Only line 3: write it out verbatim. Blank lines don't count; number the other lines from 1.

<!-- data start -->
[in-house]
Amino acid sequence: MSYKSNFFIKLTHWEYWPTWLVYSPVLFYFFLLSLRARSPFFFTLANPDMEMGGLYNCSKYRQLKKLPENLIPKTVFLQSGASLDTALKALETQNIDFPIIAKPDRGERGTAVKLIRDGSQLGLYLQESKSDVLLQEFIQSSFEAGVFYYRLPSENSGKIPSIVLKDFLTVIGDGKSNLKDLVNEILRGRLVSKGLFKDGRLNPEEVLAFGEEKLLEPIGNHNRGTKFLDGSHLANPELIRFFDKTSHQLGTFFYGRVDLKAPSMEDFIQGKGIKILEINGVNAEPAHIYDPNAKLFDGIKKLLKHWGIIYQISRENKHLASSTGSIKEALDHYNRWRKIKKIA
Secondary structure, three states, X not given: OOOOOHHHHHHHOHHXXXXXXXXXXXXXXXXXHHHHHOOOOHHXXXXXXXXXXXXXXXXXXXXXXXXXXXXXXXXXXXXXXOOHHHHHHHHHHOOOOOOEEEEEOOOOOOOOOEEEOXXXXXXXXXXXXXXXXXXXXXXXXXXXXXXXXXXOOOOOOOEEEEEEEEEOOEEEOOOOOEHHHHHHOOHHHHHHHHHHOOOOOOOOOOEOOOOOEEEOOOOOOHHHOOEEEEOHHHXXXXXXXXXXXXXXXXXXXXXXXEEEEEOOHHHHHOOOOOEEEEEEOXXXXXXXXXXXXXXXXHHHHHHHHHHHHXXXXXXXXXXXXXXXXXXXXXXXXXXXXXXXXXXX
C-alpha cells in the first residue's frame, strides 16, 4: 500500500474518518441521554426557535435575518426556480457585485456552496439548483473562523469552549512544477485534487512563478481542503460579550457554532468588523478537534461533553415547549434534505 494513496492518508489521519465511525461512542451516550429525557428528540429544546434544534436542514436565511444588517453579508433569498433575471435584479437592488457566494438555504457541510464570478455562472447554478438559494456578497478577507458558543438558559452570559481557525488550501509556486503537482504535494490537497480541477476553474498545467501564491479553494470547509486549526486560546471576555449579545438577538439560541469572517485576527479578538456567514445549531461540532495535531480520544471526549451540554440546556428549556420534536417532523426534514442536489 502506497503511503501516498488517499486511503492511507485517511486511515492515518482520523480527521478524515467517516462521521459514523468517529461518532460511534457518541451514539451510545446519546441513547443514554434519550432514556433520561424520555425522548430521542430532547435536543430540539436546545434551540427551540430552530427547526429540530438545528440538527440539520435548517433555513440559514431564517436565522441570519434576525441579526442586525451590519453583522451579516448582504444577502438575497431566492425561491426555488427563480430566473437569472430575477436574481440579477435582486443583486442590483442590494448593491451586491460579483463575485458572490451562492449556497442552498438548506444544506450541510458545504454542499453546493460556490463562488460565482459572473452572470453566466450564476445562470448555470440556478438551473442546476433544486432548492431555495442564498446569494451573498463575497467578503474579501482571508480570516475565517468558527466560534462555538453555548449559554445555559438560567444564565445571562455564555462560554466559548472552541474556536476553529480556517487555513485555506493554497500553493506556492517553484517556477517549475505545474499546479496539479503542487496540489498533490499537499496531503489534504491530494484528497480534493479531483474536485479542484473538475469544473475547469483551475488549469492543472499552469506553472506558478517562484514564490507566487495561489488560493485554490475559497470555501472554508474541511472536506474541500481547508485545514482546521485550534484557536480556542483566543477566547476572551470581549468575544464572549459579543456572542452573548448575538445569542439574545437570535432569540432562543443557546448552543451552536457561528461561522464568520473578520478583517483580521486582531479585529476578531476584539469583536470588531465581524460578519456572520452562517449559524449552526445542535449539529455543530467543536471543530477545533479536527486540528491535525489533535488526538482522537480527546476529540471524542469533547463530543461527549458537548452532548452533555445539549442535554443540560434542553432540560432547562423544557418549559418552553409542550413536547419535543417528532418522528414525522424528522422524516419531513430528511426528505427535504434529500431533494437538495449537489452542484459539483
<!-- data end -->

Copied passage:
Secondary structure, three states, X not given: OOOOOHHHHHHHOHHXXXXXXXXXXXXXXXXXHHHHHOOOOHHXXXXXXXXXXXXXXXXXXXXXXXXXXXXXXXXXXXXXXOOHHHHHHHHHHOOOOOOEEEEEOOOOOOOOOEEEOXXXXXXXXXXXXXXXXXXXXXXXXXXXXXXXXXXOOOOOOOEEEEEEEEEOOEEEOOOOOEHHHHHHOOHHHHHHHHHHOOOOOOOOOOEOOOOOEEEOOOOOOHHHOOEEEEOHHHXXXXXXXXXXXXXXXXXXXXXXXEEEEEOOHHHHHOOOOOEEEEEEOXXXXXXXXXXXXXXXXHHHHHHHHHHHHXXXXXXXXXXXXXXXXXXXXXXXXXXXXXXXXXXX